The papal encyclical Humanae Vitae (On Human Life) made headlines worldwide. Many talked about the encyclical when it was issued in 1968, but few actually read it. Why is it perhaps the most controversial document in modern Church history?
On Human Life combines Humanae Vitae with commentary by popular and respected Catholic authors Mary Eberstadt, James Hitchcock, and Jennifer Fulwiler in order to address this question and shed light on the document’s enduring wisdom.
Humanae Vitae is Pope Paul VI’s explanation of why the Catholic Church rejects contraception. The pope referred to two aspects, or meanings, of human sexuality: the unitive and the procreative. He also warned of the consequences if contraception became widely practiced—consequences that have since come to pass: greater infidelity in marriage, confusion regarding the nature of human sexuality and its role in society, the objectification of women for sexual pleasure, compulsory government birth control policies, and the reduction of the human body to an instrument of human manipulation. The separation of sexuality from its dual purpose has also resulted in artificial reproduction technologies, including cloning, that threaten the dignity of the human person.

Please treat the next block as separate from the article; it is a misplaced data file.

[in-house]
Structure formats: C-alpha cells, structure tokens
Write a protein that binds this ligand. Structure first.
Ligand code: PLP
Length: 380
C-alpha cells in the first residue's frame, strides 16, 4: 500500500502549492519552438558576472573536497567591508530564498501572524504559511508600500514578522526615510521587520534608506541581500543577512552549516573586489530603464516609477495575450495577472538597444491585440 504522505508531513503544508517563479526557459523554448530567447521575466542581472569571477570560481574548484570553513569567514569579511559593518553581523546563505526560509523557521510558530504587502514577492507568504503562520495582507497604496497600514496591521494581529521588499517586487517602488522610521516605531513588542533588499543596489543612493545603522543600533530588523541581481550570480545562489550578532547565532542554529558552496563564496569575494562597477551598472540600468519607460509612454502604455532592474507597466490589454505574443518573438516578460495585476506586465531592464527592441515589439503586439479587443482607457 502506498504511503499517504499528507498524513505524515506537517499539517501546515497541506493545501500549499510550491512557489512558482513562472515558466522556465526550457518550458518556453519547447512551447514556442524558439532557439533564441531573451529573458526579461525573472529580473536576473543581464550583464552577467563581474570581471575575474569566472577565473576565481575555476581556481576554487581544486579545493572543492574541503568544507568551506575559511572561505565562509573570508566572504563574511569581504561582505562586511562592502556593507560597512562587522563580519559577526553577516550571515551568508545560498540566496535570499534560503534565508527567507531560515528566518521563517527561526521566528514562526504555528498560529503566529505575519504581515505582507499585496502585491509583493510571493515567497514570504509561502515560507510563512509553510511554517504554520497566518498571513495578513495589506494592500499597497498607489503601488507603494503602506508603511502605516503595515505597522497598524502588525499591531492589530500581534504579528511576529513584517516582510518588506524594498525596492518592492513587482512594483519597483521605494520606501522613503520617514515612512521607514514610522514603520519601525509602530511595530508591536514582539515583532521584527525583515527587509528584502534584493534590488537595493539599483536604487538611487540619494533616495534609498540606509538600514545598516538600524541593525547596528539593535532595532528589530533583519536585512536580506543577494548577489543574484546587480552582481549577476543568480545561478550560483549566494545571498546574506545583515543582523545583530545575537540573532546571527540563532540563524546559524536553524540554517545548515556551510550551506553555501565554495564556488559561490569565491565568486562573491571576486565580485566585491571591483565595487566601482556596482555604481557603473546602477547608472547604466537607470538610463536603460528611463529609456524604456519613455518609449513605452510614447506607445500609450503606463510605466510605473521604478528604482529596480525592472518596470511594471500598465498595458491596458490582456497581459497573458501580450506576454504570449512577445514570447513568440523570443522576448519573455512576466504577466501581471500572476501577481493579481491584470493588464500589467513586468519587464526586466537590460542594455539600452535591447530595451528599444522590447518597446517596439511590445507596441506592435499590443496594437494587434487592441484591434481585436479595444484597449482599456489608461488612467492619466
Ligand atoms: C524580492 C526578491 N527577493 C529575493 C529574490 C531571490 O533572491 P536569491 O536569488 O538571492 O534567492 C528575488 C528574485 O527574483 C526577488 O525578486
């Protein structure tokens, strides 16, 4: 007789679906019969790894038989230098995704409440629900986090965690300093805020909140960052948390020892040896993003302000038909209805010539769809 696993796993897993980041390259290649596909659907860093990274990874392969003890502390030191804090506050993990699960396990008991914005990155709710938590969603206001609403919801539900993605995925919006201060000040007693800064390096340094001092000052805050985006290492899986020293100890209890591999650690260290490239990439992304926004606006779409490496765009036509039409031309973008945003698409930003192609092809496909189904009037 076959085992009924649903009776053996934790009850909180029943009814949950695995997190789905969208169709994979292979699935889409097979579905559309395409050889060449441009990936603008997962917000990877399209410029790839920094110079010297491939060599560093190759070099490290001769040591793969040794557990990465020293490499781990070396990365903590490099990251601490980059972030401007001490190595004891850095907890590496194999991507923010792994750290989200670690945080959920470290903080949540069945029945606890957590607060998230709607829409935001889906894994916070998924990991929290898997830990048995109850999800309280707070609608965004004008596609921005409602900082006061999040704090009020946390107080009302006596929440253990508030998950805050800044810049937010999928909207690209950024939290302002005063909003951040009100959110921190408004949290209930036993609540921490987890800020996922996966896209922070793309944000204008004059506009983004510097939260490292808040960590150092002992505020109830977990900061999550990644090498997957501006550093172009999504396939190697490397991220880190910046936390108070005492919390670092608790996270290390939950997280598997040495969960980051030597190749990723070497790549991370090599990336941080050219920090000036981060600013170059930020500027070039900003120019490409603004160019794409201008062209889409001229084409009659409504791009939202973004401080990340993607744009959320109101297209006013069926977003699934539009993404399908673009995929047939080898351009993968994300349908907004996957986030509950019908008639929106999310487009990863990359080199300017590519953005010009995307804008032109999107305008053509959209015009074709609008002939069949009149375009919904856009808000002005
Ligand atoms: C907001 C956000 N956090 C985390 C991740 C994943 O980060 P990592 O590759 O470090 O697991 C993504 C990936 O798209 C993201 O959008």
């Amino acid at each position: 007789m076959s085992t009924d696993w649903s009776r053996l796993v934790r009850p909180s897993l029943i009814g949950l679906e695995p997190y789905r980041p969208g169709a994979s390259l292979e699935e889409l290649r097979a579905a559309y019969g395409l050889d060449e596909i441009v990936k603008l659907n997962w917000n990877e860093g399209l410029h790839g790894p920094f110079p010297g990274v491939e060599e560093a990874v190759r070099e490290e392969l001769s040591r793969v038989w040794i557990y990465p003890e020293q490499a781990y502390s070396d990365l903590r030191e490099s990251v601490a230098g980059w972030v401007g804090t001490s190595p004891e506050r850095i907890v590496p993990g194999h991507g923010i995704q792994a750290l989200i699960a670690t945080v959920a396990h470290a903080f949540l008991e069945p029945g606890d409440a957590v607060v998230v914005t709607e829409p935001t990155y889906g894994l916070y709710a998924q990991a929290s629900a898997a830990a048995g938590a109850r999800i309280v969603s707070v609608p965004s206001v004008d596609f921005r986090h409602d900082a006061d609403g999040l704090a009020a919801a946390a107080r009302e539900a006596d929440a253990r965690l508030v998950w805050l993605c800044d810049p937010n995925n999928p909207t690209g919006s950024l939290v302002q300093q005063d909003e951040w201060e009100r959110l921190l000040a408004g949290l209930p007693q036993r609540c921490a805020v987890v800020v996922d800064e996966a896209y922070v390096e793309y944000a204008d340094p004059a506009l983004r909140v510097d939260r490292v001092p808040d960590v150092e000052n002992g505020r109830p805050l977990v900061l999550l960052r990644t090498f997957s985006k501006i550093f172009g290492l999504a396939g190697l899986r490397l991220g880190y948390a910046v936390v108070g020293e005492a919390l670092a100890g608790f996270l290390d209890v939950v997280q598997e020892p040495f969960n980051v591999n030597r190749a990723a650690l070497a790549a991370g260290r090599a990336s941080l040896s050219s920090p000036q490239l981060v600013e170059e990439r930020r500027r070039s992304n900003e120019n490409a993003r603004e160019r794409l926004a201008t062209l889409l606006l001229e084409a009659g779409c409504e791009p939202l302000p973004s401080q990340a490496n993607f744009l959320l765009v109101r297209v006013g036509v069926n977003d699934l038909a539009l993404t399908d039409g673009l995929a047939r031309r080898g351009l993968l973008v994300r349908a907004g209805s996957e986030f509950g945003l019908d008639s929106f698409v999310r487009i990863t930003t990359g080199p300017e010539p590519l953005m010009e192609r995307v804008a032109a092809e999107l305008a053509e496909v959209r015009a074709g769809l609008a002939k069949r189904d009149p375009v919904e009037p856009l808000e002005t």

Although greeted by controversy and opposition, Humanae Vitae has continued to influence Catholic moral teaching. St. John Paul II’s popular “theology of the body” drew deeply on the insights of Paul VI. Pope Benedict and now Pope Francis have upheld the long-standing teaching, and a new generation of Catholics, as well as non-Catholics, is embracing the truths of the encyclical.
About the Author
Pope St. Paul VI led the Catholic Church from 1963 until his death in 1978. The former Cardinal Archbishop of Milan, he succeeded Pope St. John XXIII and oversaw the Second Vatical Council, bringing it to completion in 1965. In October, 2014, Pope Francis beatified Paul VI, and in 2018 he was Cannonized.
Foreward by Mary Eberstadt
Afterward by James Hitchcock
Postscript by Jennifer Fulwiler
• 111 pages
• Dimensions: 5.25 x 8"
Blessed Paul VI